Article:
Israel’s Mission to Remove Any Scope of Palestine

Everyone knows that the two-state solution is the most plausible resolution generated in the longstanding conflict between Israel and Arab countries. Israel, a Jewish nation, and Palestine, a Muslim nation, encompass Israel-captured territories, namely the West Bank and Gaza. However, these plans faced rejection due to disapproval from both Arab society and Israel. Israel desires to retain all the land it currently occupies, while Palestine seeks the removal of Jews from their land. 

Long before the establishment of a Jewish state on the British-controlled eastern coast of the Mediterranean Sea, the notion of a State of Palestine for Muslims existed. The British Peel Commission report of 1937 initially proposed separate Jewish and Arab states within the territory. Subsequently, in 1947, the United Nations General Assembly adopted a partition plan for Palestine, though Arabs resisted partition. Since the 1982 Arab Summit, the leadership of the Palestinian Liberation Organization (PLO), a prominent organization of Palestine, has, in principle, accepted the idea of a two-state solution. Despite momentum from the Oslo Accord towards mutual recognition, it ultimately collapsed. Other organizations for Palestine like Hamas did not agree with the PLO.

Right-wing governments of Israel, including Netanyahu’s, proceeded to establish large settlements in the West Bank, an area designated for Palestine by the international community. Netanyahu employed a strategy of expansion into East Jerusalem and the West Bank to gain an advantage in elections, a plan reportedly continuing according to the latest reports. Nevertheless, most international countries recognize the West Bank and Gaza as part of Palestine. Many political experts argue that Israel’s mission to expand into these territories is undermining the prospects for Palestine in recent years, contravening international law, which prohibits the permanent settlement of territories occupied militarily.

Amidst the ongoing conflict between Hamas in Gaza, Israel is not slowing down but extending its construction efforts and building more Jewish settlements in the West Bank. This exacerbates the complexity of border division between Muslims and Jews. As more land falls into the hands of Jews, the Islamic character of the region is also diminishing. These actions, conducted without regard for international agreements, are perceived as part of Israel’s mission to control more Palestinian land, with Hamas attacks providing justification for such moves.

According to a report by The Guardian, Israel’s government has significantly increased the construction of settlements across East Jerusalem. Planning documents as part of Israel’s mission on the West bank, reveal that over 20 projects, totaling thousands of housing units, have been approved or advanced since the onset of the conflict in Gaza six months ago. Ministries and government offices, often in collaboration with right-wing nationalist groups known for attempting to displace Palestinians from their homes, are spearheading the largest and most contentious projects. Israeli planning authorities have sanctioned two new settlements since the conflict began, marking the first approvals in East Jerusalem in over a decade. Additionally, the expansion of a high-security settlement named Kidmat Zion, situated in the heart of the Palestinian neighborhood Ras al-Amud on the city’s eastern fringe, is pending public feedback. Israel’s mission on the Westbank detailed in the report.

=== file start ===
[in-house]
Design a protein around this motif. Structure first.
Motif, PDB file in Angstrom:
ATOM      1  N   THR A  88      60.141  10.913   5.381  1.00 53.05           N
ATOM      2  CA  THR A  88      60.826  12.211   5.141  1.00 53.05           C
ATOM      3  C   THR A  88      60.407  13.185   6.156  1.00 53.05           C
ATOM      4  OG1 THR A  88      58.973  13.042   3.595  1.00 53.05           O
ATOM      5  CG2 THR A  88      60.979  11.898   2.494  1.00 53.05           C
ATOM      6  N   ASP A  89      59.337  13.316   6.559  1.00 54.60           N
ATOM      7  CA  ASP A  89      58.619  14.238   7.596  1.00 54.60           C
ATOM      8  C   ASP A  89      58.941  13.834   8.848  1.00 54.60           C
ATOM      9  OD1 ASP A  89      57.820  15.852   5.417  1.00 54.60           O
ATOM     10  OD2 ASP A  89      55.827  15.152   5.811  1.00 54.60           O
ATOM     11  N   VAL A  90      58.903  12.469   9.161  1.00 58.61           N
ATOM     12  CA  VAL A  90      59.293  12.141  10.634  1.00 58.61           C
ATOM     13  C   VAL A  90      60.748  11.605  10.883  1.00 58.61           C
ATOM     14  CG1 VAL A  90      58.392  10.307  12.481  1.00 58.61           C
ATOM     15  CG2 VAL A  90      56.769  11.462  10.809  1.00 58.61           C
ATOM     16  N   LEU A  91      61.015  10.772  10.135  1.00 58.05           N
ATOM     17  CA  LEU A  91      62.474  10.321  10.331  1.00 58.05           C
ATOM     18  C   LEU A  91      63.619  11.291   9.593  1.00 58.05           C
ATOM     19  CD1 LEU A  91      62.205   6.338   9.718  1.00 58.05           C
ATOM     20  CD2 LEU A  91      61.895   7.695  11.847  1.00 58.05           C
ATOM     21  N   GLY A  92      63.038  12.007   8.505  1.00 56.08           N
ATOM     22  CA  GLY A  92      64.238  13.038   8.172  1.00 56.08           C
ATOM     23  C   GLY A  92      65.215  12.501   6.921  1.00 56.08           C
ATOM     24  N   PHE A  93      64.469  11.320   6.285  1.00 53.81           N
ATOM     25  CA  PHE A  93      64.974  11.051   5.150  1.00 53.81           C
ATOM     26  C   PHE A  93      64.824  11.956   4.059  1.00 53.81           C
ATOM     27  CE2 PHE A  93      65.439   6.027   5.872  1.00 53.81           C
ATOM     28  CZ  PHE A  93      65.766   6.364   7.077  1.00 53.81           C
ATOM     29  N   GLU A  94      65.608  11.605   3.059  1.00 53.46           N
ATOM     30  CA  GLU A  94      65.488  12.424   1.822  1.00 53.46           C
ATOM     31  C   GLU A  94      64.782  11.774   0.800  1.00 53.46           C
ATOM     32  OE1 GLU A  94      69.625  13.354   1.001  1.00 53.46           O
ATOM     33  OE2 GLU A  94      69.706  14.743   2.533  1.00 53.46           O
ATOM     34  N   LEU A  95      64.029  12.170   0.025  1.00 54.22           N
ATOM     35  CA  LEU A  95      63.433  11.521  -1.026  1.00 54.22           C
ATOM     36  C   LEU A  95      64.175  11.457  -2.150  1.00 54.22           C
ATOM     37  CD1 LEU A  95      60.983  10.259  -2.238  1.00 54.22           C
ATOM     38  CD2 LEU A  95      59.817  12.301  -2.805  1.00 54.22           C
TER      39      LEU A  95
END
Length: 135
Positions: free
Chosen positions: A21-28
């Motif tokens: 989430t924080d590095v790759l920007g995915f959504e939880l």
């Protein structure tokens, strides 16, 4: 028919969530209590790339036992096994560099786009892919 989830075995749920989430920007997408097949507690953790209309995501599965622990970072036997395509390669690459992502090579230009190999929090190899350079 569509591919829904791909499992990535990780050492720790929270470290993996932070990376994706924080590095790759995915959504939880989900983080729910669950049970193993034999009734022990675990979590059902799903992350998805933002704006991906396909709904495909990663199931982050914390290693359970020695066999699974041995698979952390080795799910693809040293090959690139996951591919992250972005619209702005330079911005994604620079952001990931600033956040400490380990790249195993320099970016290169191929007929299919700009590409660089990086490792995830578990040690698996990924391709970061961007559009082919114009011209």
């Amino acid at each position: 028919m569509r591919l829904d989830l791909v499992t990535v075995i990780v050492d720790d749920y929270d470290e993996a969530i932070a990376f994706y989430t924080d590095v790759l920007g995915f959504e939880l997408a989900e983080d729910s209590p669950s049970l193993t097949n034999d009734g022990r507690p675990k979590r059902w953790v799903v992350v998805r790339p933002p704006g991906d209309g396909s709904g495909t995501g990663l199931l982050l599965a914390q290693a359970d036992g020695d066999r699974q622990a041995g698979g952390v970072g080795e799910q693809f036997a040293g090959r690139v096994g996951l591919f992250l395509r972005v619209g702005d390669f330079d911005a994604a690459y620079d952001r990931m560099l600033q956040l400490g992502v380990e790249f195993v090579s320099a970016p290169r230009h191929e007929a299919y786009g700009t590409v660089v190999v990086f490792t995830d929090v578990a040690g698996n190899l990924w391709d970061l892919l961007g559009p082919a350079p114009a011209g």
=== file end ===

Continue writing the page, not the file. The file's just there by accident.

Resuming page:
Israel has initiated a plan for Gaza as well. There are influential business-politicians who recognize the strategic value of the seafront area. They have already devised a plan envisioning a future phase where Hamas no longer controls Gaza, ensuring security for Israeli citizens. Instead, other Palestinian entities would assume governance of the territory. Israel would retain the right to operate within Gaza, akin to the current arrangements in the occupied West Bank. This move underscores Israel’s mission to annex more areas in the West Bank and Gaza, thereby diminishing the scope for Palestine. International bodies that fail to broker a ceasefire in Gaza find themselves limited in their ability to intervene. Arab leaders who reject the two-state solution are facing repercussions for their stance. Ironically, the expectation held by former Arab leaders that Palestine would be established by driving out Jews and Israel from the country is being reversed. Israel is increasingly being established by driving out Arabs.